Will County turns down solar farm plan for Channahon

County board vote change of pace from customary approval of solar projects

An example of a solar farm, this one an already-constructed farm built by Summit Ridge Energy, which recently installed 6110 solar panels at the Speedway Solar solar energy facility in Joliet on Thursday, March 2nd, 2023.

The Will County Board on Thursday rejected a solar farm planned for Channahon Township, breaking a pattern of county approvals for such developments.

Solar farms have been growing rapidly in rural Will County despite resistance at times from residents who live near them.

Illinois law, drawn to encourage alternative energy development, limits local control of solar projects, and county board members at times have complained that their hands are tied by the state.

But the 64-acre solar farm planned for McKinley Woods Road faced opposition from the village of Channahon, Channahon Township and the Channahon Fire Department.

“We’re not opposed to solar,” Channahon Mayor Missey Moorman Schumacher said after the board vote. “It was strictly the location of this one – so close to residences and right in the middle of town.”

The solar farm was to be part of a 130 acres of what is now farm land that is outside Channahon village limits but surrounded by residential development within village limits.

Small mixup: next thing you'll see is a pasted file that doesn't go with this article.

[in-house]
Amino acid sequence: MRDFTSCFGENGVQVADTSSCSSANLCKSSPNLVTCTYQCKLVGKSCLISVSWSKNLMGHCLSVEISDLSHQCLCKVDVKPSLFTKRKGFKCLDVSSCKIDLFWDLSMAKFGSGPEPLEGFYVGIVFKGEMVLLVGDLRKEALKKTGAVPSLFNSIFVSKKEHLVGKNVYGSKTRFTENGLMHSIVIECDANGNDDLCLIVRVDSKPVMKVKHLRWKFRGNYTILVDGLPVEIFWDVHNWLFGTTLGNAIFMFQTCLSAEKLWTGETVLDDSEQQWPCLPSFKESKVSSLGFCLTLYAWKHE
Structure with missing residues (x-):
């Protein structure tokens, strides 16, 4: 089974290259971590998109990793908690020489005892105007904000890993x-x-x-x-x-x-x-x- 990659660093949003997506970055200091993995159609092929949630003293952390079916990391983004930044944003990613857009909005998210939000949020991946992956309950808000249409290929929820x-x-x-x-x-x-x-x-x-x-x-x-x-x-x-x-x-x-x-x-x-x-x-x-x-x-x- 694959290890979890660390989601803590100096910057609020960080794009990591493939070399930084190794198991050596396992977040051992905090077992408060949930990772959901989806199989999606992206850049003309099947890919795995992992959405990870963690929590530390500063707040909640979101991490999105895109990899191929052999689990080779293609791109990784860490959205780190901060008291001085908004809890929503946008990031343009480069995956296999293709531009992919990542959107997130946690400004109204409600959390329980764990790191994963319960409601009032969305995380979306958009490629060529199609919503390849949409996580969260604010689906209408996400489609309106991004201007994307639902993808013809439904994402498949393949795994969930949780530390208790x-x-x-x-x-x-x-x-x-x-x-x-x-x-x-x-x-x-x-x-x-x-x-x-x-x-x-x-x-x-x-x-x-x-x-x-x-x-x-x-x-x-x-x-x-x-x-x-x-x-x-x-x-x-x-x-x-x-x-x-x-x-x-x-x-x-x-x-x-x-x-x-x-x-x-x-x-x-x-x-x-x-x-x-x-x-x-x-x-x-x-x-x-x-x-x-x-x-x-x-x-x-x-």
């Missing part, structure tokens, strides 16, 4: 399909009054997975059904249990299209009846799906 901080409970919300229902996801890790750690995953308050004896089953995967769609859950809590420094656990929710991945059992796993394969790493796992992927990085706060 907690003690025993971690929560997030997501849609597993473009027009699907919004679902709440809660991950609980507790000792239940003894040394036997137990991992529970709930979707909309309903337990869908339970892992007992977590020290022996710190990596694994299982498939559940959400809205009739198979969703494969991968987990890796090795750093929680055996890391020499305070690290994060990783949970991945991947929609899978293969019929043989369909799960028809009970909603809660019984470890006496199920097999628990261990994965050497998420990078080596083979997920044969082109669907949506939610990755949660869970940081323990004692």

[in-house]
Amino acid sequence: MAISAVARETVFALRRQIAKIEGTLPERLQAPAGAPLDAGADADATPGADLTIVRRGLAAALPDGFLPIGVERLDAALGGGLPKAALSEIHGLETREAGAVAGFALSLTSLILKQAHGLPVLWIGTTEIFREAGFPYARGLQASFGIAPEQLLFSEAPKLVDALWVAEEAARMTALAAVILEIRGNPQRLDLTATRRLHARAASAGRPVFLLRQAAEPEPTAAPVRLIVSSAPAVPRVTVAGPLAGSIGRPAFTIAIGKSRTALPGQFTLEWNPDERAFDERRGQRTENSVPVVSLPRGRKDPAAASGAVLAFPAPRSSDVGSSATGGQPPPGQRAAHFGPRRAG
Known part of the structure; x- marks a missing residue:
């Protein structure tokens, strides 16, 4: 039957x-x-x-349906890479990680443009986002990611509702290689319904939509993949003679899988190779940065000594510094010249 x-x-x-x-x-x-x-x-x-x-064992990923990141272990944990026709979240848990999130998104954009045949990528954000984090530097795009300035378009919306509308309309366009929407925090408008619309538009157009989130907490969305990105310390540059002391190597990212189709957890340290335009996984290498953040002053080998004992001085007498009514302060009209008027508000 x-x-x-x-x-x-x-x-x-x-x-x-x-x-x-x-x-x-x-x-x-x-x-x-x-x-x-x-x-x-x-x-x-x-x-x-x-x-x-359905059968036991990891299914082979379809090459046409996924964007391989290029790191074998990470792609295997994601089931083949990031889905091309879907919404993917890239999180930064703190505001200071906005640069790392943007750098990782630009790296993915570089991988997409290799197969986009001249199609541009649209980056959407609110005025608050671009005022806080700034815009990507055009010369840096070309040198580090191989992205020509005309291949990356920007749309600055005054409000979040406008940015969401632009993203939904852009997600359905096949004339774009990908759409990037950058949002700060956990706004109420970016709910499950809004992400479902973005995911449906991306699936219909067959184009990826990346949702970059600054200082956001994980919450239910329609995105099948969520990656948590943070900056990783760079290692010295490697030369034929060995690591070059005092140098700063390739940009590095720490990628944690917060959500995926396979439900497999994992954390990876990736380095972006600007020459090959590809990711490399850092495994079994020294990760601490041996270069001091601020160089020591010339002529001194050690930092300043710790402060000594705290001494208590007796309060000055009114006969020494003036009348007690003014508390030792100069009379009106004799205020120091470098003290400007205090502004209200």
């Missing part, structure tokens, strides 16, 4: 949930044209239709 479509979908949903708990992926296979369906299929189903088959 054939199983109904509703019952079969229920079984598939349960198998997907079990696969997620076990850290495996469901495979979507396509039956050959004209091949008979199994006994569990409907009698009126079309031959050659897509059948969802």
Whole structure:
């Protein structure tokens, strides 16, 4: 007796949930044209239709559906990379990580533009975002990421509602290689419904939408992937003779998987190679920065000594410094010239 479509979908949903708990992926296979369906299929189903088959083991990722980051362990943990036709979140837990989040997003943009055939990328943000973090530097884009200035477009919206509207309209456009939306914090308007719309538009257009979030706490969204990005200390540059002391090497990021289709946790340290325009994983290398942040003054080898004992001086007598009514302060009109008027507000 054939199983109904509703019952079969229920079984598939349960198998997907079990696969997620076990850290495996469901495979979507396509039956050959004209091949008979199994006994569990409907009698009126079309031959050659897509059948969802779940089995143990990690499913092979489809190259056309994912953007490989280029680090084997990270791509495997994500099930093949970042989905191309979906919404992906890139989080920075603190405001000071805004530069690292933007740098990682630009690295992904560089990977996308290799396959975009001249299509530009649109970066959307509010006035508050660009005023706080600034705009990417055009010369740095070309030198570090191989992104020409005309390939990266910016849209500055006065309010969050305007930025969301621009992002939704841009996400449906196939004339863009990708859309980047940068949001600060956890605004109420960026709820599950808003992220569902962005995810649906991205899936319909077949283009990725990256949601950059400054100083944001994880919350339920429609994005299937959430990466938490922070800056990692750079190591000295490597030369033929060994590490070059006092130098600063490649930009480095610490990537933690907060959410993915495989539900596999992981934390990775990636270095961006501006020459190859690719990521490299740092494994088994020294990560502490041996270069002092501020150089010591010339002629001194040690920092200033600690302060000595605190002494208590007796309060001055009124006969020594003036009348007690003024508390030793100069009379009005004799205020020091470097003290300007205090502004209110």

The site is south of Route 6 and McKinley Woods and Hansel roads. Prospects for approval appeared slight going into the Thursday board meeting.

Soltage, the company that wanted to build the solar farm, was turned down in a 4-1 vote when the plan was submitted to the county’s Planning and Zoning Commission. It next went to the County Board’s Land Use and Development Committee, which voted 6-0 against it.

The full county board vote on Thursday was 14-6 against it.

While nearby development is residential, the nearest house would have been 622 feet away.

That’s more than two football fields, noted Jonathan Roberts, vice president for Soltage, the company that wanted to build the solar farm.

Roberts and an attorney for Soltage said the plan met legal standards set for solar farms by state and county law.

“We have been and remain willing to work with our neighbors to ease their concerns,” Roberts told the county board.

Schumacher said that despite the distance from the solar panels to the nearest house, the facility would have become a prominent part of the landscape for the area.

Channahon’s long-term plans for years have marked the unincorporated site for future residential development, Schumacher said. “This has always been slated for residential because of all the residential around it,” she said